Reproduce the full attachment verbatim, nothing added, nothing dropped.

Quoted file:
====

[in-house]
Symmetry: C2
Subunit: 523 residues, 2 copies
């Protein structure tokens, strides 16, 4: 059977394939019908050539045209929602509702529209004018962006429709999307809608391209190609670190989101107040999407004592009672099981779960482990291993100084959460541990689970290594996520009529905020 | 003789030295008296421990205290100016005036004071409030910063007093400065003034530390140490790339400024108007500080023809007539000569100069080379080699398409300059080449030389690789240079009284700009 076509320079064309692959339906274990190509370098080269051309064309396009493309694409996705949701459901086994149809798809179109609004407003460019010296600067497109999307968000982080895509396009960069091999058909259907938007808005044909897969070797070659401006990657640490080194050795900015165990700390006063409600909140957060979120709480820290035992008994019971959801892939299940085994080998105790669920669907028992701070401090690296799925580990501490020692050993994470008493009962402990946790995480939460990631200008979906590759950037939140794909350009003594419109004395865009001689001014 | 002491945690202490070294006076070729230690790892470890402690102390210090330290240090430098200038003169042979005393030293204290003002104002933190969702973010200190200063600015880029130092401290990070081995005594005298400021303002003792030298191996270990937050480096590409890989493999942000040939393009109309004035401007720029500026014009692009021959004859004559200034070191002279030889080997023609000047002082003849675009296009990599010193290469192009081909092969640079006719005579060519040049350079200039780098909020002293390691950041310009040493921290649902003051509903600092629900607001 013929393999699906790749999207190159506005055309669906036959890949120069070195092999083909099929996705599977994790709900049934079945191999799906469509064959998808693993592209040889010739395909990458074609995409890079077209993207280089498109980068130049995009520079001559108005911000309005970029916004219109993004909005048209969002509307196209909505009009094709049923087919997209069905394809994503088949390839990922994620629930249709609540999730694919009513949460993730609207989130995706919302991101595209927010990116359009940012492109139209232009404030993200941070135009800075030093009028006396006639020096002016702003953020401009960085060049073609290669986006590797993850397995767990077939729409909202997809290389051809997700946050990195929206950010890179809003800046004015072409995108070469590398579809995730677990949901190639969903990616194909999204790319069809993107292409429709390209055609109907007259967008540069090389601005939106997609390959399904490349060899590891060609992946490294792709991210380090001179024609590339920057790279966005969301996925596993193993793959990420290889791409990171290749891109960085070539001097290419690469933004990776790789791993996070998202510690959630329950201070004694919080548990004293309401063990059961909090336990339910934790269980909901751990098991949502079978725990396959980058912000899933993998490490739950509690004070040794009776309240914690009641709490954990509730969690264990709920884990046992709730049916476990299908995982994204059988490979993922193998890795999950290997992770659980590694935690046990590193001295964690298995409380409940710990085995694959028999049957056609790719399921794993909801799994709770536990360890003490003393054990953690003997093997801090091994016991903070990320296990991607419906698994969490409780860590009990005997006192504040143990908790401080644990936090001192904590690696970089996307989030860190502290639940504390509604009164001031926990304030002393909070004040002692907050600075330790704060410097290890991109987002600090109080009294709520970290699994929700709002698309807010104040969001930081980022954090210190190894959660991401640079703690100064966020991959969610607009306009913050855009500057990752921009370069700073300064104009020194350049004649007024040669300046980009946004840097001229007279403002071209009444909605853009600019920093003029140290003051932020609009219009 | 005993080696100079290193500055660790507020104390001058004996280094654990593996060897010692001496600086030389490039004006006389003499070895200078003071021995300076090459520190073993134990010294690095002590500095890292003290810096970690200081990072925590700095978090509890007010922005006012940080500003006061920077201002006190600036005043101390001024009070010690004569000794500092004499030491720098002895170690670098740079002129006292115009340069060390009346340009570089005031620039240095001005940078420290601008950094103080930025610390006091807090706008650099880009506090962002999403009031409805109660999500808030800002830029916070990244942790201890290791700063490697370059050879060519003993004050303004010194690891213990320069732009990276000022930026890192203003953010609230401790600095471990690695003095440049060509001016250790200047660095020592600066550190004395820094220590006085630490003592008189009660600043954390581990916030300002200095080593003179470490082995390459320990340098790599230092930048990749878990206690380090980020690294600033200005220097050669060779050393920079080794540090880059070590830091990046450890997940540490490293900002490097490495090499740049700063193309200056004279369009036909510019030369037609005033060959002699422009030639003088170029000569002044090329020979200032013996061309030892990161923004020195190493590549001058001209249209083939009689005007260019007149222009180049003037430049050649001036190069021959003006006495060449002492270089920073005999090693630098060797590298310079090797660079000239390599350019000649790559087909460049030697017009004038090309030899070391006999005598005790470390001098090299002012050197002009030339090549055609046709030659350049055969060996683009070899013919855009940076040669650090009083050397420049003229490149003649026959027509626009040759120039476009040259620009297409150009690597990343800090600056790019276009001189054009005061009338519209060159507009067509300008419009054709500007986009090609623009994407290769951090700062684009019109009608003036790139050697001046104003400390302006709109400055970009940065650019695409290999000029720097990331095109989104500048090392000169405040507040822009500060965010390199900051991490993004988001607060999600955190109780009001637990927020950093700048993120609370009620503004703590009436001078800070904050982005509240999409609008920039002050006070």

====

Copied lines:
[in-house]
Symmetry: C2
Subunit: 523 residues, 2 copies
């Protein structure tokens, strides 16, 4: 059977394939019908050539045209929602509702529209004018962006429709999307809608391209190609670190989101107040999407004592009672099981779960482990291993100084959460541990689970290594996520009529905020 | 003789030295008296421990205290100016005036004071409030910063007093400065003034530390140490790339400024108007500080023809007539000569100069080379080699398409300059080449030389690789240079009284700009 076509320079064309692959339906274990190509370098080269051309064309396009493309694409996705949701459901086994149809798809179109609004407003460019010296600067497109999307968000982080895509396009960069091999058909259907938007808005044909897969070797070659401006990657640490080194050795900015165990700390006063409600909140957060979120709480820290035992008994019971959801892939299940085994080998105790669920669907028992701070401090690296799925580990501490020692050993994470008493009962402990946790995480939460990631200008979906590759950037939140794909350009003594419109004395865009001689001014 | 002491945690202490070294006076070729230690790892470890402690102390210090330290240090430098200038003169042979005393030293204290003002104002933190969702973010200190200063600015880029130092401290990070081995005594005298400021303002003792030298191996270990937050480096590409890989493999942000040939393009109309004035401007720029500026014009692009021959004859004559200034070191002279030889080997023609000047002082003849675009296009990599010193290469192009081909092969640079006719005579060519040049350079200039780098909020002293390691950041310009040493921290649902003051509903600092629900607001 013929393999699906790749999207190159506005055309669906036959890949120069070195092999083909099929996705599977994790709900049934079945191999799906469509064959998808693993592209040889010739395909990458074609995409890079077209993207280089498109980068130049995009520079001559108005911000309005970029916004219109993004909005048209969002509307196209909505009009094709049923087919997209069905394809994503088949390839990922994620629930249709609540999730694919009513949460993730609207989130995706919302991101595209927010990116359009940012492109139209232009404030993200941070135009800075030093009028006396006639020096002016702003953020401009960085060049073609290669986006590797993850397995767990077939729409909202997809290389051809997700946050990195929206950010890179809003800046004015072409995108070469590398579809995730677990949901190639969903990616194909999204790319069809993107292409429709390209055609109907007259967008540069090389601005939106997609390959399904490349060899590891060609992946490294792709991210380090001179024609590339920057790279966005969301996925596993193993793959990420290889791409990171290749891109960085070539001097290419690469933004990776790789791993996070998202510690959630329950201070004694919080548990004293309401063990059961909090336990339910934790269980909901751990098991949502079978725990396959980058912000899933993998490490739950509690004070040794009776309240914690009641709490954990509730969690264990709920884990046992709730049916476990299908995982994204059988490979993922193998890795999950290997992770659980590694935690046990590193001295964690298995409380409940710990085995694959028999049957056609790719399921794993909801799994709770536990360890003490003393054990953690003997093997801090091994016991903070990320296990991607419906698994969490409780860590009990005997006192504040143990908790401080644990936090001192904590690696970089996307989030860190502290639940504390509604009164001031926990304030002393909070004040002692907050600075330790704060410097290890991109987002600090109080009294709520970290699994929700709002698309807010104040969001930081980022954090210190190894959660991401640079703690100064966020991959969610607009306009913050855009500057990752921009370069700073300064104009020194350049004649007024040669300046980009946004840097001229007279403002071209009444909605853009600019920093003029140290003051932020609009219009 | 005993080696100079290193500055660790507020104390001058004996280094654990593996060897010692001496600086030389490039004006006389003499070895200078003071021995300076090459520190073993134990010294690095002590500095890292003290810096970690200081990072925590700095978090509890007010922005006012940080500003006061920077201002006190600036005043101390001024009070010690004569000794500092004499030491720098002895170690670098740079002129006292115009340069060390009346340009570089005031620039240095001005940078420290601008950094103080930025610390006091807090706008650099880009506090962002999403009031409805109660999500808030800002830029916070990244942790201890290791700063490697370059050879060519003993004050303004010194690891213990320069732009990276000022930026890192203003953010609230401790600095471990690695003095440049060509001016250790200047660095020592600066550190004395820094220590006085630490003592008189009660600043954390581990916030300002200095080593003179470490082995390459320990340098790599230092930048990749878990206690380090980020690294600033200005220097050669060779050393920079080794540090880059070590830091990046450890997940540490490293900002490097490495090499740049700063193309200056004279369009036909510019030369037609005033060959002699422009030639003088170029000569002044090329020979200032013996061309030892990161923004020195190493590549001058001209249209083939009689005007260019007149222009180049003037430049050649001036190069021959003006006495060449002492270089920073005999090693630098060797590298310079090797660079000239390599350019000649790559087909460049030697017009004038090309030899070391006999005598005790470390001098090299002012050197002009030339090549055609046709030659350049055969060996683009070899013919855009940076040669650090009083050397420049003229490149003649026959027509626009040759120039476009040259620009297409150009690597990343800090600056790019276009001189054009005061009338519209060159507009067509300008419009054709500007986009090609623009994407290769951090700062684009019109009608003036790139050697001046104003400390302006709109400055970009940065650019695409290999000029720097990331095109989104500048090392000169405040507040822009500060965010390199900051991490993004988001607060999600955190109780009001637990927020950093700048993120609370009620503004703590009436001078800070904050982005509240999409609008920039002050006070």